Margaret Atwood, The Handmaids Tale Analysis on: Chapter XIV Salvaging

Authors Avatar

Laure Pigeon


Margaret Atwood, The Handmaids Tale

Analysis on: Chapter XIV Salvaging

Margaret Atwood's creation of the dystopian society of Gilead in The Handmaids Tale, is definitely one in which the Government attempts to control every aspect of people's public and private lives. As the plot   progresses, Offred - the protagonist and narrator of the novel - dissects how, through numerous methods, this power is exerted on the society. Dystopias are societies where ideology has taken priority over the well-being of the people within that society, and as these dramatic changes implemented by Gilead are non-beneficial for the vast majority of the characters, many of them inevitably rebel. Atwood's formation of Gilead serves as a warning to what could take place in the near future.

On the other hand with Atwood’s ability to make Offred’s character evolve through out the story, the reader is able to witness a very different kind of resistance against the tyrannical regime of Gilead that can be called love. Through out the chapter XIV Salvaging, a new relationship is established and many links between the men that Offred had in her life can be made, which will develop to become predominant thoughts for her survival.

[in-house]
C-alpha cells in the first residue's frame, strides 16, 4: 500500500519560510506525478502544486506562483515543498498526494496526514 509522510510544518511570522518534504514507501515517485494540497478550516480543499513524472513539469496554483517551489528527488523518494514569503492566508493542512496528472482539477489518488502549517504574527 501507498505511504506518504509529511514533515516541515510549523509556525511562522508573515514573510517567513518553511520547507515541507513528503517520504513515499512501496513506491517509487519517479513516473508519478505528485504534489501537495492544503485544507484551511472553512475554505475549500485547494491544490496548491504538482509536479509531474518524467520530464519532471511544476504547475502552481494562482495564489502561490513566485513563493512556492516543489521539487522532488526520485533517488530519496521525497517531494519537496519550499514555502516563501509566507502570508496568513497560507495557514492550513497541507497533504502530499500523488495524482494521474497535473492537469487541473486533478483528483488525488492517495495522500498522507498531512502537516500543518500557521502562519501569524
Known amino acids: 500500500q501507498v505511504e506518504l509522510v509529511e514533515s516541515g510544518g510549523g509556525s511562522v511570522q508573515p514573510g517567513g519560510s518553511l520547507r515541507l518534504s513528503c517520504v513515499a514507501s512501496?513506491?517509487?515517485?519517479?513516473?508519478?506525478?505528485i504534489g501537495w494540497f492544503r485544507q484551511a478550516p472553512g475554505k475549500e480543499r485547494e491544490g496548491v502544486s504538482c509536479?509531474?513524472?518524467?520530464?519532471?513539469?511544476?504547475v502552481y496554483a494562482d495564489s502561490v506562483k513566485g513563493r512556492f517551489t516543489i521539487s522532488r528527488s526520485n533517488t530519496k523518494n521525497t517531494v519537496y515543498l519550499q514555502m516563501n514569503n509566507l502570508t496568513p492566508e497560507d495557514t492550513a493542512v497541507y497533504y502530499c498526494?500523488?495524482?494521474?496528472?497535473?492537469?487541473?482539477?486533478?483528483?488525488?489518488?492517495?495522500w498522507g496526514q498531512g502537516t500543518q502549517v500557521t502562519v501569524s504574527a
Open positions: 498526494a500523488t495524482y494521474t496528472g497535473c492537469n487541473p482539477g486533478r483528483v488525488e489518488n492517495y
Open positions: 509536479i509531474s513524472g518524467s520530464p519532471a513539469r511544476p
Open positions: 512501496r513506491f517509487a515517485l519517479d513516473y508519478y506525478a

For a brief time, The Handmaid's Tale unexpectedly becomes a “love story”. Offred's affair with Nick is an odd development largely because it demonstrates several major changes in Offred's character that have gone on almost entirely beneath the surface of the novel. Her actions seem to demonstrate that she has abandoned her belief in the possibility of escape, her faith that Luke might still be alive somewhere, and her prayer that someday the new regime will come to an end. This "letting go" is somewhat tragic, for Offred's belief in the possibility of change seems to be the only thing holding her together as a person, and may be the only thing standing between her and suicide. At the same time, by initiating an affair with Nick, Offred has done a far braver thing than one might expect her to have done: the kindling of love in that hidden room is the greatest possible strike against the regime of Gilead.

Join now!

Offred's affair with Nick is the third in a series of affairs. Twice, Offred has consciously "stolen" a man from another woman, though with the Commander she did not have much choice in the matter. Nick, however, is stolen from no one. Her actions are illicit in the context of the regime, but romantic in the reader's eyes. Thus, her affair with Nick is a reminder that sex united with love does not belong in the same category as sex in the absence of love. Offred and Nick's relationship clarifies the viewpoint of the novel in that it suggests that ...

This is a preview of the whole essay